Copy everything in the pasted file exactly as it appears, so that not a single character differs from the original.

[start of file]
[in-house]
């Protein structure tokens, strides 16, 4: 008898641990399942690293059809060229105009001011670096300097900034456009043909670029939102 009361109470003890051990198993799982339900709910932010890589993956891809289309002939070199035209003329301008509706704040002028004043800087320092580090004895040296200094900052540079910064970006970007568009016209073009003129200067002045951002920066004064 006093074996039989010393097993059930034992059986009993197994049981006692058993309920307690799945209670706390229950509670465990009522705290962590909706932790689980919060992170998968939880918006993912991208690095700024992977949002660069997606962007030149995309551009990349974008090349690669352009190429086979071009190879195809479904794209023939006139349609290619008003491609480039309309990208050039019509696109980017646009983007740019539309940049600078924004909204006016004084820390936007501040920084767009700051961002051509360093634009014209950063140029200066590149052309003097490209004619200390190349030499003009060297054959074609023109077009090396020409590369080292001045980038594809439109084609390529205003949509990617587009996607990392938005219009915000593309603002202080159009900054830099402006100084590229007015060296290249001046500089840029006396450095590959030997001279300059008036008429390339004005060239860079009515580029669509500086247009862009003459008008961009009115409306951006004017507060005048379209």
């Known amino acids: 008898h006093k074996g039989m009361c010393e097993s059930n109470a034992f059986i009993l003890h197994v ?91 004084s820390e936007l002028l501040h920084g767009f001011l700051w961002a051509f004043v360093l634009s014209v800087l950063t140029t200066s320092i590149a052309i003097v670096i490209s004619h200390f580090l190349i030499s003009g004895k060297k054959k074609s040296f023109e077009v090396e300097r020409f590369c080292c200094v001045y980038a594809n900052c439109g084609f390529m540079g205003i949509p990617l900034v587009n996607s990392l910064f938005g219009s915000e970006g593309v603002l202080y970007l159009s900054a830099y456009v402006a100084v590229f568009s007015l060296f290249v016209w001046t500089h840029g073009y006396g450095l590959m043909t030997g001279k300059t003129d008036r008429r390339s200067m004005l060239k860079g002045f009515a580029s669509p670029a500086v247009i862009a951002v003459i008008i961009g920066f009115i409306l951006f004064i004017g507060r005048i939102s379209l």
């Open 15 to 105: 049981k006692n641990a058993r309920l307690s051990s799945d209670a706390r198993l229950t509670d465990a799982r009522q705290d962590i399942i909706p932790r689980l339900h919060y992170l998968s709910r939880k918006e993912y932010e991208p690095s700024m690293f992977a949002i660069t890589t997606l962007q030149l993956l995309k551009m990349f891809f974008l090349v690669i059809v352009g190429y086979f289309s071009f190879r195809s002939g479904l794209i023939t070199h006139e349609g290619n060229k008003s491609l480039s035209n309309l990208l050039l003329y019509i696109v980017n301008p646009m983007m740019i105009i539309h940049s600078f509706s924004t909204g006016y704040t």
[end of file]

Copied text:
[in-house]
């Protein structure tokens, strides 16, 4: 008898641990399942690293059809060229105009001011670096300097900034456009043909670029939102 009361109470003890051990198993799982339900709910932010890589993956891809289309002939070199035209003329301008509706704040002028004043800087320092580090004895040296200094900052540079910064970006970007568009016209073009003129200067002045951002920066004064 006093074996039989010393097993059930034992059986009993197994049981006692058993309920307690799945209670706390229950509670465990009522705290962590909706932790689980919060992170998968939880918006993912991208690095700024992977949002660069997606962007030149995309551009990349974008090349690669352009190429086979071009190879195809479904794209023939006139349609290619008003491609480039309309990208050039019509696109980017646009983007740019539309940049600078924004909204006016004084820390936007501040920084767009700051961002051509360093634009014209950063140029200066590149052309003097490209004619200390190349030499003009060297054959074609023109077009090396020409590369080292001045980038594809439109084609390529205003949509990617587009996607990392938005219009915000593309603002202080159009900054830099402006100084590229007015060296290249001046500089840029006396450095590959030997001279300059008036008429390339004005060239860079009515580029669509500086247009862009003459008008961009009115409306951006004017507060005048379209």
């Known amino acids: 008898h006093k074996g039989m009361c010393e097993s059930n109470a034992f059986i009993l003890h197994v ?91 004084s820390e936007l002028l501040h920084g767009f001011l700051w961002a051509f004043v360093l634009s014209v800087l950063t140029t200066s320092i590149a052309i003097v670096i490209s004619h200390f580090l190349i030499s003009g004895k060297k054959k074609s040296f023109e077009v090396e300097r020409f590369c080292c200094v001045y980038a594809n900052c439109g084609f390529m540079g205003i949509p990617l900034v587009n996607s990392l910064f938005g219009s915000e970006g593309v603002l202080y970007l159009s900054a830099y456009v402006a100084v590229f568009s007015l060296f290249v016209w001046t500089h840029g073009y006396g450095l590959m043909t030997g001279k300059t003129d008036r008429r390339s200067m004005l060239k860079g002045f009515a580029s669509p670029a500086v247009i862009a951002v003459i008008i961009g920066f009115i409306l951006f004064i004017g507060r005048i939102s379209l």
């Open 15 to 105: 049981k006692n641990a058993r309920l307690s051990s799945d209670a706390r198993l229950t509670d465990a799982r009522q705290d962590i399942i909706p932790r689980l339900h919060y992170l998968s709910r939880k918006e993912y932010e991208p690095s700024m690293f992977a949002i660069t890589t997606l962007q030149l993956l995309k551009m990349f891809f974008l090349v690669i059809v352009g190429y086979f289309s071009f190879r195809s002939g479904l794209i023939t070199h006139e349609g290619n060229k008003s491609l480039s035209n309309l990208l050039l003329y019509i696109v980017n301008p646009m983007m740019i105009i539309h940049s600078f509706s924004t909204g006016y704040t």